Why this story matters:
During a discussion about hate speech on the "Maischberger" talk show, the Chancellor of Austria said:
"We have seen many examples, especially in other parties, when the rich are persecuted. This is just as wrong as discriminating other groups."
Users took to Twitter to share their outrage:
The stories speak for themselves. Petra Stuiber of Der Standard listed a few examples:
"An African-American woman is spat on in public. An ambulance driver purposefully slows down when picking up someone with a foreign name. A bank customer wants to be served by another because she distrusts a Turkish-born employee. A mother with dark-skinned children is given hostile stares."
Chancellor Kurz is forging the image of "the enemy." He implies people are losing their jobs because of migrants who only want to "dig their way in". He insinuates the latter only come to Austria because of the money.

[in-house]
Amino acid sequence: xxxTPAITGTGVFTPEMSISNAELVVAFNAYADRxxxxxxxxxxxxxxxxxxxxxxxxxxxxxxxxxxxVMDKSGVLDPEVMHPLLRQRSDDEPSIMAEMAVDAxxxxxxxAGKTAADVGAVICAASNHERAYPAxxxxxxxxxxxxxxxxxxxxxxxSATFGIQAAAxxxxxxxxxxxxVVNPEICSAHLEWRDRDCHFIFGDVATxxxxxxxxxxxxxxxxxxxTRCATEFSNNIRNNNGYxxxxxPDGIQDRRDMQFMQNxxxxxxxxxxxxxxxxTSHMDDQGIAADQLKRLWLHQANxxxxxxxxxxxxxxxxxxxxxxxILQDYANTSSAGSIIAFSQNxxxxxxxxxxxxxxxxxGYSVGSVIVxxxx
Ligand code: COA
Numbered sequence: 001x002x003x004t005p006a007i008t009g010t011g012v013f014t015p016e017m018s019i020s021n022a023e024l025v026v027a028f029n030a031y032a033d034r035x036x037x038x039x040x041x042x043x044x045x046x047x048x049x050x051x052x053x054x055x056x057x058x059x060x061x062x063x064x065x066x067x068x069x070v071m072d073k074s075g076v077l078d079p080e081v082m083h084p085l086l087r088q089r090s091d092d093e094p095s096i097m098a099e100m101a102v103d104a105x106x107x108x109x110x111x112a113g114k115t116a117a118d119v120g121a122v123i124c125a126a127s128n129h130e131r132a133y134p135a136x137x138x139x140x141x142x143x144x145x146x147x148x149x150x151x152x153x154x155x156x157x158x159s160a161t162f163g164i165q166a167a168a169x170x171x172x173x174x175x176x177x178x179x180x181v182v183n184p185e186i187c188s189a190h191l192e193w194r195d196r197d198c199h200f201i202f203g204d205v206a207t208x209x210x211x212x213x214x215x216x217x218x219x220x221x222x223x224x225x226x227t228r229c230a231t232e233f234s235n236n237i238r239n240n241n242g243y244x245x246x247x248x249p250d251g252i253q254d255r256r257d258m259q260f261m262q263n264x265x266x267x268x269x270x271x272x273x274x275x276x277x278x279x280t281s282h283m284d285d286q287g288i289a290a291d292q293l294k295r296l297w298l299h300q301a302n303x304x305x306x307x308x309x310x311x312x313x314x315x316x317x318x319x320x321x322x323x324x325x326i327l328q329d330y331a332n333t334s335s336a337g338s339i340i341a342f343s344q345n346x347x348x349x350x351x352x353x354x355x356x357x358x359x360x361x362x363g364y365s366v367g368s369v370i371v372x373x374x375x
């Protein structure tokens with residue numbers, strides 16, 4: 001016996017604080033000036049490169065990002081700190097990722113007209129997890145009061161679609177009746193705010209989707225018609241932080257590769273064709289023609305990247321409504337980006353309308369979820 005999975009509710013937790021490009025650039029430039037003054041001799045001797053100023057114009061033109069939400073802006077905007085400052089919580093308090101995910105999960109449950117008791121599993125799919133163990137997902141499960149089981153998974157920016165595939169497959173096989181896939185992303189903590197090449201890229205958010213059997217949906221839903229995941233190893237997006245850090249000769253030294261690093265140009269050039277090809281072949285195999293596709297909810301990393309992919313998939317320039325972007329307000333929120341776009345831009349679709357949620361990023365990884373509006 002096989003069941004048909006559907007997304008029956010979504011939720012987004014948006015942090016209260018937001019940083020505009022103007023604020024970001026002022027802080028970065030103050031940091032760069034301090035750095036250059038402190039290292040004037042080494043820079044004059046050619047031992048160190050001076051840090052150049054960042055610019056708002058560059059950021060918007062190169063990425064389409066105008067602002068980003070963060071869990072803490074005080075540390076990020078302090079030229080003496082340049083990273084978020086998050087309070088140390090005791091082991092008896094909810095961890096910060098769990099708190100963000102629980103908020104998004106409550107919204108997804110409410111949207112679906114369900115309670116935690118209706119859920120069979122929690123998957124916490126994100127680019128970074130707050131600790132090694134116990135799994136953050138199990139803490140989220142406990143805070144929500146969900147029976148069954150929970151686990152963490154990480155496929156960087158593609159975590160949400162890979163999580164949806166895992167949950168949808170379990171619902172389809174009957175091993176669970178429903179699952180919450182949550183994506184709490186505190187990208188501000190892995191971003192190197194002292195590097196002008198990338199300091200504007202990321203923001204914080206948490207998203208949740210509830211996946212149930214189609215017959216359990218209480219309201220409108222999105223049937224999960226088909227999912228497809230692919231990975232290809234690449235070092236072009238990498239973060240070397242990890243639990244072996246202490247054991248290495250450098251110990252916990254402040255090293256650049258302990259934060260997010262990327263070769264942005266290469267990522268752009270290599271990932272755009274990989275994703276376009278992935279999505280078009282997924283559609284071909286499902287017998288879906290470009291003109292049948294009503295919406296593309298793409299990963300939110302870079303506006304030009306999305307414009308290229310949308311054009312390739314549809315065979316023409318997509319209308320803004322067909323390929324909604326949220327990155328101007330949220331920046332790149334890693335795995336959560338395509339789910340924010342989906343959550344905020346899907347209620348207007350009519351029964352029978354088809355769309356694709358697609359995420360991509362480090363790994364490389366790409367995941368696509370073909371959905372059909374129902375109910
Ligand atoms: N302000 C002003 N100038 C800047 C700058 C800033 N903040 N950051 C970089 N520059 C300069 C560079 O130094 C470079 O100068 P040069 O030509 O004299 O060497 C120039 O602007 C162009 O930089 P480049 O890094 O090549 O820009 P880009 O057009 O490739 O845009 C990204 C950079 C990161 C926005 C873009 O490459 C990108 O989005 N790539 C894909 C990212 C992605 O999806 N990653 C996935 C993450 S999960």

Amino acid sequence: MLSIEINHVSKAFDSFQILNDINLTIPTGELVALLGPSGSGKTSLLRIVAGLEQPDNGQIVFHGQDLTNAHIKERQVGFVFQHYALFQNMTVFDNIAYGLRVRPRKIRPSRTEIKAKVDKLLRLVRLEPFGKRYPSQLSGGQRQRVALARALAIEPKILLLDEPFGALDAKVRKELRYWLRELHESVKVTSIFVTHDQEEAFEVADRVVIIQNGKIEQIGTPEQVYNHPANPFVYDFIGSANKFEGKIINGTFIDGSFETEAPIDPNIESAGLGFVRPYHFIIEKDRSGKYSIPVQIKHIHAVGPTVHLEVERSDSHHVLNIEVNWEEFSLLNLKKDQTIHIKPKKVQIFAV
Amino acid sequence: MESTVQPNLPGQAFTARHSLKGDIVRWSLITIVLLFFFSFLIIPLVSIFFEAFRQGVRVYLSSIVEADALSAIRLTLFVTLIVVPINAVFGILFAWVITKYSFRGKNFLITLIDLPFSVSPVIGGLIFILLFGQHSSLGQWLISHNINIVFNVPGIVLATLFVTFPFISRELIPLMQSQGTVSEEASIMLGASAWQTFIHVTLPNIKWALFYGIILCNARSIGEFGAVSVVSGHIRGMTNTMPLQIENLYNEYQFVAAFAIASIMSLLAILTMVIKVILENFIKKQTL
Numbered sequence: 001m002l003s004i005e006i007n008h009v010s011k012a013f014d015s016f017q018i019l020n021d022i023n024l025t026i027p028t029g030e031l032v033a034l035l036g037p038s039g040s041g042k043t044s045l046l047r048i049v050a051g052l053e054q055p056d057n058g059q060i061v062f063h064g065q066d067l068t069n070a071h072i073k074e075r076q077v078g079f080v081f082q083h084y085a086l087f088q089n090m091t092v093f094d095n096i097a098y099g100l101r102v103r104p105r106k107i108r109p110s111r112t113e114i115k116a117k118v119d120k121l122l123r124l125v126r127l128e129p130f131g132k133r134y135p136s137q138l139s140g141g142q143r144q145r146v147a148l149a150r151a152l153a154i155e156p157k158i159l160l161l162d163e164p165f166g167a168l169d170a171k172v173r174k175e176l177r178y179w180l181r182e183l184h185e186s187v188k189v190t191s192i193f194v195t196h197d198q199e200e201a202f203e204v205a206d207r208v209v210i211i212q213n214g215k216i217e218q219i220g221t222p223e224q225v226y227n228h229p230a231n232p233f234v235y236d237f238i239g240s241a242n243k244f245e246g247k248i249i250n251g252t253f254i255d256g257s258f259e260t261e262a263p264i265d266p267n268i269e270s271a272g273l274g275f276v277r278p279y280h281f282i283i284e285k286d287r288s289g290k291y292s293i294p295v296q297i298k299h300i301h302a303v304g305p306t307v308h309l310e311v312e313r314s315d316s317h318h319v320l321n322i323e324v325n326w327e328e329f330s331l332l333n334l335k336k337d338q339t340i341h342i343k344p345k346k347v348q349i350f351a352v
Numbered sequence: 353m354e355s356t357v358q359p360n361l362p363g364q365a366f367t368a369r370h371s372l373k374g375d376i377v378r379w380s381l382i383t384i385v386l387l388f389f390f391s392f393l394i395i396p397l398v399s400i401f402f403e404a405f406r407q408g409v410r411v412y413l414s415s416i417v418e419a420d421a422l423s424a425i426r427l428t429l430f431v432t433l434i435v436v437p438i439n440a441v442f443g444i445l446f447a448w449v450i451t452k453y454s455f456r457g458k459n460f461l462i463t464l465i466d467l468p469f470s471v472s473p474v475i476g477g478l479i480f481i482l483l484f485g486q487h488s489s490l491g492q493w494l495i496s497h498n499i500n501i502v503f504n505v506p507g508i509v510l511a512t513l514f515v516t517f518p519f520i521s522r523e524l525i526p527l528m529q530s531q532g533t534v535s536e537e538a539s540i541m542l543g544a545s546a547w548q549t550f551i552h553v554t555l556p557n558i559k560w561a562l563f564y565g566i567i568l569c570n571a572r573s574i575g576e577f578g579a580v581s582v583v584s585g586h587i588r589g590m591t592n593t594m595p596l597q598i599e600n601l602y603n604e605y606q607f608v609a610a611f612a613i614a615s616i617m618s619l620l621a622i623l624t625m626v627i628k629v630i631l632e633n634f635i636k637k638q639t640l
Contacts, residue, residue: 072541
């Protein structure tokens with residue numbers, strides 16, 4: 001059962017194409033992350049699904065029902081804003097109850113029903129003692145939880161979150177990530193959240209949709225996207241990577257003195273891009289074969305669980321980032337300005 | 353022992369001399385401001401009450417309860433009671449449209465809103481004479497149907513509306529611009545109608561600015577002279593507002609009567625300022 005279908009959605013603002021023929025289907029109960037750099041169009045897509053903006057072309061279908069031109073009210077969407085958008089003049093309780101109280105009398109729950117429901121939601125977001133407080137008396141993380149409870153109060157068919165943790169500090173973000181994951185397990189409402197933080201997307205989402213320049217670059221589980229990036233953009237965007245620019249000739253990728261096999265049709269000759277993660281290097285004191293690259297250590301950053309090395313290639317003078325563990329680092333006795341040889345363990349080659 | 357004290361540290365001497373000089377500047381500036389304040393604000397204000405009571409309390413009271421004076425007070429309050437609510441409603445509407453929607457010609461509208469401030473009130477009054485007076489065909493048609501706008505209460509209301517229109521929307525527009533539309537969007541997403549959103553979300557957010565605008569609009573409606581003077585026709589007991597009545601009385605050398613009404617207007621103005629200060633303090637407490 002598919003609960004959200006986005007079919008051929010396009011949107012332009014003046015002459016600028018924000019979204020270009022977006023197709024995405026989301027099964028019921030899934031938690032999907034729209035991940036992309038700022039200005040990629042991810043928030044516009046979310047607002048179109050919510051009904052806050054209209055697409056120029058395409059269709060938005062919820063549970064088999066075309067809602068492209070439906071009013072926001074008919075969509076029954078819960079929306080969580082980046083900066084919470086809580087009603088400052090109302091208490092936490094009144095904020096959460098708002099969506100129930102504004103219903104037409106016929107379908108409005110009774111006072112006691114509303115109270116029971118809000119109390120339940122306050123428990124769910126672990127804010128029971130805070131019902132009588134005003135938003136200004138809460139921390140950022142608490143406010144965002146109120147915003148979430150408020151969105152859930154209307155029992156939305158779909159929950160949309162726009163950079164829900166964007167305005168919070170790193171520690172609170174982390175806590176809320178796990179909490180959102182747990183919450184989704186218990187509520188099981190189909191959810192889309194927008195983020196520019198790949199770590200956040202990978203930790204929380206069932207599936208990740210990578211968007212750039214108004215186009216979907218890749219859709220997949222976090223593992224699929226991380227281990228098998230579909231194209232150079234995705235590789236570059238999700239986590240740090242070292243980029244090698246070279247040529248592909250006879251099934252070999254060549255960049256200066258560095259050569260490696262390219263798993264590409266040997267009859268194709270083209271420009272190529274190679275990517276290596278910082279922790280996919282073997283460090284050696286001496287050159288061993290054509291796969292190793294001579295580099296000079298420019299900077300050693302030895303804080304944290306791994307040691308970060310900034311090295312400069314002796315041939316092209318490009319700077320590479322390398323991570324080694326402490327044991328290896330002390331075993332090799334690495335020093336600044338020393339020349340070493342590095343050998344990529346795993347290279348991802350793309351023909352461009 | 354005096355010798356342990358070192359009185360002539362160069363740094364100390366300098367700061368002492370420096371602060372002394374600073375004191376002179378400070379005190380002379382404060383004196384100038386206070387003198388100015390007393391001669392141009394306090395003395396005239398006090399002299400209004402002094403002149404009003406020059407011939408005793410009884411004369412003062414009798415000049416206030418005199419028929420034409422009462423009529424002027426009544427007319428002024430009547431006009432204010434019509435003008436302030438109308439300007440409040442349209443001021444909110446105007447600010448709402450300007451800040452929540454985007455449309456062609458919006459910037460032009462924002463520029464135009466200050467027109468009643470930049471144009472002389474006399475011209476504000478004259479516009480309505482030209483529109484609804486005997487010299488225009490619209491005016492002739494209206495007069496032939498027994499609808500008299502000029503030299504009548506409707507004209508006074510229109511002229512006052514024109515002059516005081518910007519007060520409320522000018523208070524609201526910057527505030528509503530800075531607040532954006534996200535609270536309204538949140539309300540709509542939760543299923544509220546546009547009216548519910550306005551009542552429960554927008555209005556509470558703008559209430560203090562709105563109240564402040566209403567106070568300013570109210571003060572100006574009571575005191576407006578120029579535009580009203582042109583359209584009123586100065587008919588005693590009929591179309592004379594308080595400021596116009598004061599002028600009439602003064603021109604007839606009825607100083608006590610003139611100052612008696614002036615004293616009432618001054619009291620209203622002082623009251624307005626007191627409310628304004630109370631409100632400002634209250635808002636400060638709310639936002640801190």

Those who support the government dismiss #reichenhetze: stop complaining, they say.
But everyone who buys into this image of the "enemy", whether in Austria or elsewhere, should remember that it takes very little to be shifted from the privileged to the demonized, in the eyes of the elite.
You could get fired, you could become ill and need the help of the state. Then, all of a sudden, you too are the enemy. And make no mistake, these are things that can happen to everyone.
Details from the story:
- Austrian Chancellor Sebastian Kurz said the rich should be shielded against hate speech after being asked where he draws the line of what is acceptable.
- On Twitter, users have used this statement to tweet their own experiences of racism in Austria.
- Under the hashtag #reichenhetze (rich persecution) numerous people report concerning occurrences of racial or cultural discrimination.